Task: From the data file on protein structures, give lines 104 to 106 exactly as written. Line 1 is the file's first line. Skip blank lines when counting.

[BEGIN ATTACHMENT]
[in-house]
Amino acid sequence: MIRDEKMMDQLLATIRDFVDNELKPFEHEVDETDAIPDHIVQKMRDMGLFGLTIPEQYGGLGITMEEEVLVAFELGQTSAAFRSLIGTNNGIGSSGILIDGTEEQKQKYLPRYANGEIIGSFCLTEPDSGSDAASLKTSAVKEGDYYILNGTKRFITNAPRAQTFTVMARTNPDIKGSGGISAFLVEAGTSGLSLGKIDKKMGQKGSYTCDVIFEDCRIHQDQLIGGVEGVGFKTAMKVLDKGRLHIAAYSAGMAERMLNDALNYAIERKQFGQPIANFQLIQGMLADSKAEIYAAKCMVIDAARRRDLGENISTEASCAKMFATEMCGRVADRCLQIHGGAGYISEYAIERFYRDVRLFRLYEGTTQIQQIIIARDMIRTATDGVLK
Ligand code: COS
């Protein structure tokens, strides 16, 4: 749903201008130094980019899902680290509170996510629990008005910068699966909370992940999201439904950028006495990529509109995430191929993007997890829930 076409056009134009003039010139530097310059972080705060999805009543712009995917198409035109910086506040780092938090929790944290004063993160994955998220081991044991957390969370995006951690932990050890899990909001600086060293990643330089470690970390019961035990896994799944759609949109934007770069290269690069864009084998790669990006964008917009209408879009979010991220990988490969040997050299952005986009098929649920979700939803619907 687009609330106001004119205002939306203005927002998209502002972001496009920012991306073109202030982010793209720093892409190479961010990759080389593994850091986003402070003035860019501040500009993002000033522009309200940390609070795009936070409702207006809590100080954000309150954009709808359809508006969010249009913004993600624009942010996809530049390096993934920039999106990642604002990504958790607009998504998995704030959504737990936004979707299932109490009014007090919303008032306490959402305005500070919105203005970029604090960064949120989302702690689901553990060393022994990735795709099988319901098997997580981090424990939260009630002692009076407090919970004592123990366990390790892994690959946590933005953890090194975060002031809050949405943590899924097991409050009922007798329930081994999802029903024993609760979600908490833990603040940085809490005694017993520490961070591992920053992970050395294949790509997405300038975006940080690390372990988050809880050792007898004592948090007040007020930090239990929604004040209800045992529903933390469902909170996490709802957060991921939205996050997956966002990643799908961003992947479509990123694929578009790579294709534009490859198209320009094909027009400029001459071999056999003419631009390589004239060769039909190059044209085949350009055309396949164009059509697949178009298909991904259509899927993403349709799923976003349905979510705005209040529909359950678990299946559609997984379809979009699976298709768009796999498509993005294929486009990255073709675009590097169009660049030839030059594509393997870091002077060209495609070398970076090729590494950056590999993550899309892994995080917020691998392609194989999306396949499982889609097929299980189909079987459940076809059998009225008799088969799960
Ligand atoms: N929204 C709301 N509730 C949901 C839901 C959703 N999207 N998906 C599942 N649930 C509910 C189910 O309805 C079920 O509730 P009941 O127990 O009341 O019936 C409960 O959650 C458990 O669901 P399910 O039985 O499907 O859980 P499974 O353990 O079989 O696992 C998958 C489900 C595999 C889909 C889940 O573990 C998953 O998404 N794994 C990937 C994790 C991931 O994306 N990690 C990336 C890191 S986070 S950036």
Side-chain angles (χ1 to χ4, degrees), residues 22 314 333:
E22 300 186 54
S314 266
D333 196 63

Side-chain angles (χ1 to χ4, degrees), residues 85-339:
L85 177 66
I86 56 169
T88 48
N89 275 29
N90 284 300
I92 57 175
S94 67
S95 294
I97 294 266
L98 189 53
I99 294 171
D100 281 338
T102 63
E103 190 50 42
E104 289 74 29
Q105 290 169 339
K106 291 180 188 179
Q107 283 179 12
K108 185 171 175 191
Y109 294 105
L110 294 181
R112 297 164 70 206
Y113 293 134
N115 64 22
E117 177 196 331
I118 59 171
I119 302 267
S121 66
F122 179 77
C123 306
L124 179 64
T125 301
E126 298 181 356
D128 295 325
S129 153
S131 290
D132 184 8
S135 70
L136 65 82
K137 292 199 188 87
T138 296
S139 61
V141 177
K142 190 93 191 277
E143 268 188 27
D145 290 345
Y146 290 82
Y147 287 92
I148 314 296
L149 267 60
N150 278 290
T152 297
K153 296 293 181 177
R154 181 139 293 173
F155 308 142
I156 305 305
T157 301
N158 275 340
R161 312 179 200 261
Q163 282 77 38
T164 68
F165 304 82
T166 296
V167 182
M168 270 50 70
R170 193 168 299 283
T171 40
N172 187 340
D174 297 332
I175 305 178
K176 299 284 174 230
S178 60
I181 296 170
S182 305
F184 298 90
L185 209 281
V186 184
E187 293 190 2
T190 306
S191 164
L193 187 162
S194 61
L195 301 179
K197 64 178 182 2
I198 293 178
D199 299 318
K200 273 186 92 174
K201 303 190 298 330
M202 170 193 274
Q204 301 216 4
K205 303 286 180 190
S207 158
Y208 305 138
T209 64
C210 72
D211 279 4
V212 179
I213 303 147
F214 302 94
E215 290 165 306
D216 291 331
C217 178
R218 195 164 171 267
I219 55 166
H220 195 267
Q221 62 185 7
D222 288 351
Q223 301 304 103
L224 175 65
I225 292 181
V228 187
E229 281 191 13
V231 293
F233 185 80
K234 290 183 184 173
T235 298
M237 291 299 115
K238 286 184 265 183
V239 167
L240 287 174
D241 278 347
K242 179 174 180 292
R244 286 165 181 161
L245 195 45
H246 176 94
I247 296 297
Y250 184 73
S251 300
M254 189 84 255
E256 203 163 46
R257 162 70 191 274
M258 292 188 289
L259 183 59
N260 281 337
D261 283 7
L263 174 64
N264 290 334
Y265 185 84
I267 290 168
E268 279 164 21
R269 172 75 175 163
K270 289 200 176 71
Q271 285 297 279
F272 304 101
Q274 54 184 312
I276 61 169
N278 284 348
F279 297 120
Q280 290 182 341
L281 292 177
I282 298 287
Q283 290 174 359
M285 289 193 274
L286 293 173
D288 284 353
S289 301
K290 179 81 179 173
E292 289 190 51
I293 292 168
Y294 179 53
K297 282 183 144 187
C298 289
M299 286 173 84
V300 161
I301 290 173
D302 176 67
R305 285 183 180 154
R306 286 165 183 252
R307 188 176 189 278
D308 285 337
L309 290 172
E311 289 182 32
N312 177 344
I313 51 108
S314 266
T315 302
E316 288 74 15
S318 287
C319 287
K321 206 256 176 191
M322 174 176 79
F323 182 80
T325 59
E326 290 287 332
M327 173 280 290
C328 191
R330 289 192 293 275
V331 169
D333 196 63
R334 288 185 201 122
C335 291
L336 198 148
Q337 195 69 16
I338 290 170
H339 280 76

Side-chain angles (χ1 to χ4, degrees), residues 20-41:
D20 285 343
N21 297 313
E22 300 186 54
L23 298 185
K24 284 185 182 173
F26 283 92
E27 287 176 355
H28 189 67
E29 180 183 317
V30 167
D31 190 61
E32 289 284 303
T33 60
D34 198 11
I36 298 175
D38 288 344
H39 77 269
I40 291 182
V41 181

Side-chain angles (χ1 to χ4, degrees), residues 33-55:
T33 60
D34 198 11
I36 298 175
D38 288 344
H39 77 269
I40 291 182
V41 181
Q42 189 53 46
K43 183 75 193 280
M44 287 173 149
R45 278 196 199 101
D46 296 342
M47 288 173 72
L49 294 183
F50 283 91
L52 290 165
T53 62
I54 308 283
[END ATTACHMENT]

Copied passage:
T209 64
C210 72
D211 279 4